Marianne Hem Eriksen (Associate Professor, School of Archaeology and Ancient History, University of Leicester) speaks with Michèle Hayeur Smith (Research Associate, Haffenreffer Museum of Anthropology, Brown University) about Smith's recent book, The Valkyries’ Loom: The Archaeology of Cloth Production and Female Power in the North Atlantic (University Press of Florida, 2020).
Textile production across the north Atlantic rested in the hands of women for centuries. Even the Valkyries participated, although those mythical Norse maidens who collect dead warriors on the battlefield, have been depicted in Njál's Saga, in the poem, The Darraðarljóð --weaving “men’s fates” on a ‘broad loom of Slaughter’.
Closely tied with women’s magic and reproductive powers, cloth served as a ‘second skin’ of protection and cultural distinction. The work of spinning yarn and weaving cloth acquired symbolic associations with creation and destruction long ignored by researchers. In this ambitious analysis, Hayeur Smith unites literary, historical, and archaeological sources to investigate both the meaning and the material remains of cloth production across the Norse settlements of the North Atlantic from Scotland to Greenland. She examines the archaeological remains of textiles and weaving technologies, finding evidence that women’s work intersected with family roles, social hierarchies, religious ideals, colonialism,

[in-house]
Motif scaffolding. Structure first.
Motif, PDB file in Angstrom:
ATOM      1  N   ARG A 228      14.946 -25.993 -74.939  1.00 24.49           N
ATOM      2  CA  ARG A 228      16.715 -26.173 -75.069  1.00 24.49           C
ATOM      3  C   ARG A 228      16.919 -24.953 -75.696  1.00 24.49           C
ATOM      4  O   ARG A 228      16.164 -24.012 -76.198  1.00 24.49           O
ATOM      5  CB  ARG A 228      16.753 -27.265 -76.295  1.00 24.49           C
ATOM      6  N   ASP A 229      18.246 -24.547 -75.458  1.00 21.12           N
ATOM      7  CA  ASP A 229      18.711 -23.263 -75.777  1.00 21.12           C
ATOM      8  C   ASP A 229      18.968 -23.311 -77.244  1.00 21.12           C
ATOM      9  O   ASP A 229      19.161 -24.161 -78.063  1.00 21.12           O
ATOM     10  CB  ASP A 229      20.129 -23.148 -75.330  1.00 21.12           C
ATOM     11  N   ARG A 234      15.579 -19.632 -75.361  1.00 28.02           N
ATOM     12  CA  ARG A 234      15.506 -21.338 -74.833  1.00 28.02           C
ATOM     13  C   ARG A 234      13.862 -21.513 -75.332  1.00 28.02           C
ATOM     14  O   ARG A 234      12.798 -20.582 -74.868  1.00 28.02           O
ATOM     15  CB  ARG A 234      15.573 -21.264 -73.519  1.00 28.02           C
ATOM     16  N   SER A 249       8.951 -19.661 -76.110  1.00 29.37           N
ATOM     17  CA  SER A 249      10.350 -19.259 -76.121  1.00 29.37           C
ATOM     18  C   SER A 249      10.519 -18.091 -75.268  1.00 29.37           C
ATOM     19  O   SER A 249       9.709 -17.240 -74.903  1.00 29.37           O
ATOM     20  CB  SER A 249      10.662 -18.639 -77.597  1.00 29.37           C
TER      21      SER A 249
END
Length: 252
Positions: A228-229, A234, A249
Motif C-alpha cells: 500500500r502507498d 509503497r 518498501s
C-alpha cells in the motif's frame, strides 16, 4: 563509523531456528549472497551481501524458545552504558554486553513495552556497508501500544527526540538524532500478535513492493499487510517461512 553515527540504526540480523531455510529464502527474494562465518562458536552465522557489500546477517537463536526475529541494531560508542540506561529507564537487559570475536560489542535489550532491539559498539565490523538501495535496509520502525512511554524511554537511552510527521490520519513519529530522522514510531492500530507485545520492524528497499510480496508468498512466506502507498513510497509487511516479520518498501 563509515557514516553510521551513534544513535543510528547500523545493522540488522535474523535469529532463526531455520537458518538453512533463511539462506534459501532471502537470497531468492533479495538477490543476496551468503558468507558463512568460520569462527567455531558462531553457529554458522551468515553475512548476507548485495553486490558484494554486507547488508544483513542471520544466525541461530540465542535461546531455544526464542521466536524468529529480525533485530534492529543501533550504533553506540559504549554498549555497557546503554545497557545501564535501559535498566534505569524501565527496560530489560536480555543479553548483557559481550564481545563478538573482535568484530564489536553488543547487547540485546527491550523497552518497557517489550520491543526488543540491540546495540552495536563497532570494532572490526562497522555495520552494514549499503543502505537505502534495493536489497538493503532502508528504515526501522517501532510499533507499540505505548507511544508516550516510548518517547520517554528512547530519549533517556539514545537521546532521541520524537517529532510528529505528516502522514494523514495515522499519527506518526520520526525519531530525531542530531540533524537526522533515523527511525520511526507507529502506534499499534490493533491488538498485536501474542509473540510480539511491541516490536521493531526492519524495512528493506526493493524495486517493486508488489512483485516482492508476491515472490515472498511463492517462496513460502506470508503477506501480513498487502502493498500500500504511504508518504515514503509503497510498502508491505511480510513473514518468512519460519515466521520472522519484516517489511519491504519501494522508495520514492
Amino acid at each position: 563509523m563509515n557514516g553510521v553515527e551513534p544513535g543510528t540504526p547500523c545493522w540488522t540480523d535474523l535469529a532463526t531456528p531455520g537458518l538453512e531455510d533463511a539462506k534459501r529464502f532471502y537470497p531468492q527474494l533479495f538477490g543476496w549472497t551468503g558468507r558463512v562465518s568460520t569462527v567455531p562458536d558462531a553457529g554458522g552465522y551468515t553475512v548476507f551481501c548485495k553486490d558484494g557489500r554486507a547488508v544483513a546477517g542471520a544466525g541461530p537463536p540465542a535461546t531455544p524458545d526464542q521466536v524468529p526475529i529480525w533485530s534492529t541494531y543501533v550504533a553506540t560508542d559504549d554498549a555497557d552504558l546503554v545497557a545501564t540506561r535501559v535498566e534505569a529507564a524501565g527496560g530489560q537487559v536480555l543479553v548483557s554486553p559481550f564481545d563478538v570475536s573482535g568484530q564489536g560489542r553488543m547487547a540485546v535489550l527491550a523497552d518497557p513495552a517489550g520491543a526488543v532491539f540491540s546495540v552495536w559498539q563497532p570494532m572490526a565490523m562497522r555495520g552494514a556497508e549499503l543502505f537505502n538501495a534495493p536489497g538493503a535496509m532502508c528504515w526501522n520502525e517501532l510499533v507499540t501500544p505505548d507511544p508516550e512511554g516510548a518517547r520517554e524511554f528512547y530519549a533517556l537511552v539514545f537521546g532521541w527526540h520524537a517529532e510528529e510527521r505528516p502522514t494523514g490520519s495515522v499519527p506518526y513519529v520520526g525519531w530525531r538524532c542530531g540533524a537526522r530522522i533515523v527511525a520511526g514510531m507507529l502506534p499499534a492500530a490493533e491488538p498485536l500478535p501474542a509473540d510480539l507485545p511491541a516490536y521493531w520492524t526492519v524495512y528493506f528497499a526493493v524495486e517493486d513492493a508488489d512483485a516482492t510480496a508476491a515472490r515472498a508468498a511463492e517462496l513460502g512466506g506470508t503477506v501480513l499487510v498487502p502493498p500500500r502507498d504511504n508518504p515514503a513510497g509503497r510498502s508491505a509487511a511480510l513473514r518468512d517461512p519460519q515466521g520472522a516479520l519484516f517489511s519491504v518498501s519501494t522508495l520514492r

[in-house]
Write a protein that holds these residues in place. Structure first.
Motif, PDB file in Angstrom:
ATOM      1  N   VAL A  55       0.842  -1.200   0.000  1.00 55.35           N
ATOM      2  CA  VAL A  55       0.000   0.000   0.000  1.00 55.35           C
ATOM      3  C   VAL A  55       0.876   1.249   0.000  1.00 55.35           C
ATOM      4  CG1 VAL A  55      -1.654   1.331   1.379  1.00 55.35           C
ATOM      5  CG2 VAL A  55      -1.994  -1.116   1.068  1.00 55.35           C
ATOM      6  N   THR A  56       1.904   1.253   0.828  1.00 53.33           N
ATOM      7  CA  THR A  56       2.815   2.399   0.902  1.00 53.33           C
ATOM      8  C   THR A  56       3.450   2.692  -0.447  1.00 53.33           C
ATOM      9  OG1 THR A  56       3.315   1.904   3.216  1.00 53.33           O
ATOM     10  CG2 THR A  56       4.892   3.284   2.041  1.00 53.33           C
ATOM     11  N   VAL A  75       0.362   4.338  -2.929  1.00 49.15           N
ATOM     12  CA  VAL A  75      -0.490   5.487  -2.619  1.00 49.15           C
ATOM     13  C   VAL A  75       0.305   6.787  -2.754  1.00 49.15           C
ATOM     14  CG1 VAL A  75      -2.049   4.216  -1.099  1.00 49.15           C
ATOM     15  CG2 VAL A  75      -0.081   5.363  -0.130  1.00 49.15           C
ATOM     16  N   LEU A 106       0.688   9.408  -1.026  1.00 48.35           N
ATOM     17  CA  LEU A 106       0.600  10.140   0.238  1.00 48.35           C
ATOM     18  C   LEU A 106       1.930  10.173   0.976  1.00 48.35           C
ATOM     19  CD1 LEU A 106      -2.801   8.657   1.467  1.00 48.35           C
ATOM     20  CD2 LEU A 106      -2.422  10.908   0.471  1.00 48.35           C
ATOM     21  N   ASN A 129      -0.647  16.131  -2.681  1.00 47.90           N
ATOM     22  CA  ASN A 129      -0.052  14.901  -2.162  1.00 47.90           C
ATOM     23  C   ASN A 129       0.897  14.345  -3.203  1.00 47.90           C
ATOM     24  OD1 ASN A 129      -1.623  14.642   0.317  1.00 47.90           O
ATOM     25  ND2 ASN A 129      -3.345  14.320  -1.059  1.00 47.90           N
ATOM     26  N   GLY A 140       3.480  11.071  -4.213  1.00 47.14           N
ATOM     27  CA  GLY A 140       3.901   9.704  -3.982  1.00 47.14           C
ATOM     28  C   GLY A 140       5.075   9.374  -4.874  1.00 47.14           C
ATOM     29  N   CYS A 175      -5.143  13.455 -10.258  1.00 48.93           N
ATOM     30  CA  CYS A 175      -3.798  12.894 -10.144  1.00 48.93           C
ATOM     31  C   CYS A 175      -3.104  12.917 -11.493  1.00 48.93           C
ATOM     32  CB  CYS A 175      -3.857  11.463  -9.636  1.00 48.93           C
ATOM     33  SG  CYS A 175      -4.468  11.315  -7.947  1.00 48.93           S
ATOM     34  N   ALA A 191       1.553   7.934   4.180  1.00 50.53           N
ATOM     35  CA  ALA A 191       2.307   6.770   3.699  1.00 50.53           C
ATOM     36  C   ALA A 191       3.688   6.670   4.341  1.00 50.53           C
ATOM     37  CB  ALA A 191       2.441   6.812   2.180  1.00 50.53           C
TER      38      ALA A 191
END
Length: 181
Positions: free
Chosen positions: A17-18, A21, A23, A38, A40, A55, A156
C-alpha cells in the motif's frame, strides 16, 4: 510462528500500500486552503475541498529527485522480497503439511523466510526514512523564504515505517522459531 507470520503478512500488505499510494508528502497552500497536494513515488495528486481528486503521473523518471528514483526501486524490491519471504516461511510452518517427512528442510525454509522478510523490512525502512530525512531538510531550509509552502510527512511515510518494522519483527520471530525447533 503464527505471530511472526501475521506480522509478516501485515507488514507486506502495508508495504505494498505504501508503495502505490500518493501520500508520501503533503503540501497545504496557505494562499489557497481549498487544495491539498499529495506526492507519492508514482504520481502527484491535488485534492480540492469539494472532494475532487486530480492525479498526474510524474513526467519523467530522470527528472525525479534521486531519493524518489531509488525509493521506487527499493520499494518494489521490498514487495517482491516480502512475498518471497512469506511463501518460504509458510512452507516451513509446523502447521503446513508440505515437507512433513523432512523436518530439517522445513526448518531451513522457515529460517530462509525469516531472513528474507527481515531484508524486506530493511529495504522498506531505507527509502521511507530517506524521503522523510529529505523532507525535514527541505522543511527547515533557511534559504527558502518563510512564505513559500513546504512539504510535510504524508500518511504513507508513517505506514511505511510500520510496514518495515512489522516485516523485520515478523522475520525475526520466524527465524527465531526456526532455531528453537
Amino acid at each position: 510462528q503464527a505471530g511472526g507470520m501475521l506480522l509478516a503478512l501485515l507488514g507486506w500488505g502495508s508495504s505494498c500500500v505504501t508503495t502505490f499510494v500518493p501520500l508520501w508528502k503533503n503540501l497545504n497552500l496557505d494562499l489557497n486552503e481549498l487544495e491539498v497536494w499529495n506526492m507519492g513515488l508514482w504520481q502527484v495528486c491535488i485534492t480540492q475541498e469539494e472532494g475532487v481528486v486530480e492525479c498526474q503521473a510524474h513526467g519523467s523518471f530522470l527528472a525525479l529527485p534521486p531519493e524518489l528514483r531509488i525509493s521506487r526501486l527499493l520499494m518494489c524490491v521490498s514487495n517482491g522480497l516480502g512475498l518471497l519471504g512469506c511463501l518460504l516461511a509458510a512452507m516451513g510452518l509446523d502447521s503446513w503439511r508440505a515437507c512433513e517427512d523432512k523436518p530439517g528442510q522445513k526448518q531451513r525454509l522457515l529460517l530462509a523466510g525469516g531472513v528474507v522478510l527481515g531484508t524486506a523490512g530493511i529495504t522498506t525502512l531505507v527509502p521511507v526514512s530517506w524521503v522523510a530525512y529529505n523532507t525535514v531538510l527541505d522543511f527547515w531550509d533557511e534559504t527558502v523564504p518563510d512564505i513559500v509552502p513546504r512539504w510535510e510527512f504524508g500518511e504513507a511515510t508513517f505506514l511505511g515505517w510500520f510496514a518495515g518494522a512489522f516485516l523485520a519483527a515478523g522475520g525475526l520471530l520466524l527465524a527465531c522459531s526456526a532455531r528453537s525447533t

domestic economies and export trade. Incorporating a wide range of methodologies, Hayeur Smith persuasively argues that textiles reveal the remarkable ethnic and technological diversity that characterized communities across the North Atlantic, while changes in production register climate change and social transformation. Women produced vaðmál, cloth currency that provided the foundation of Iceland’s economy from the early medieval era through the seventeenth century. Join us for this conversation about the warp and weft of women’s work across centuries in the Norse world of the North Atlantic.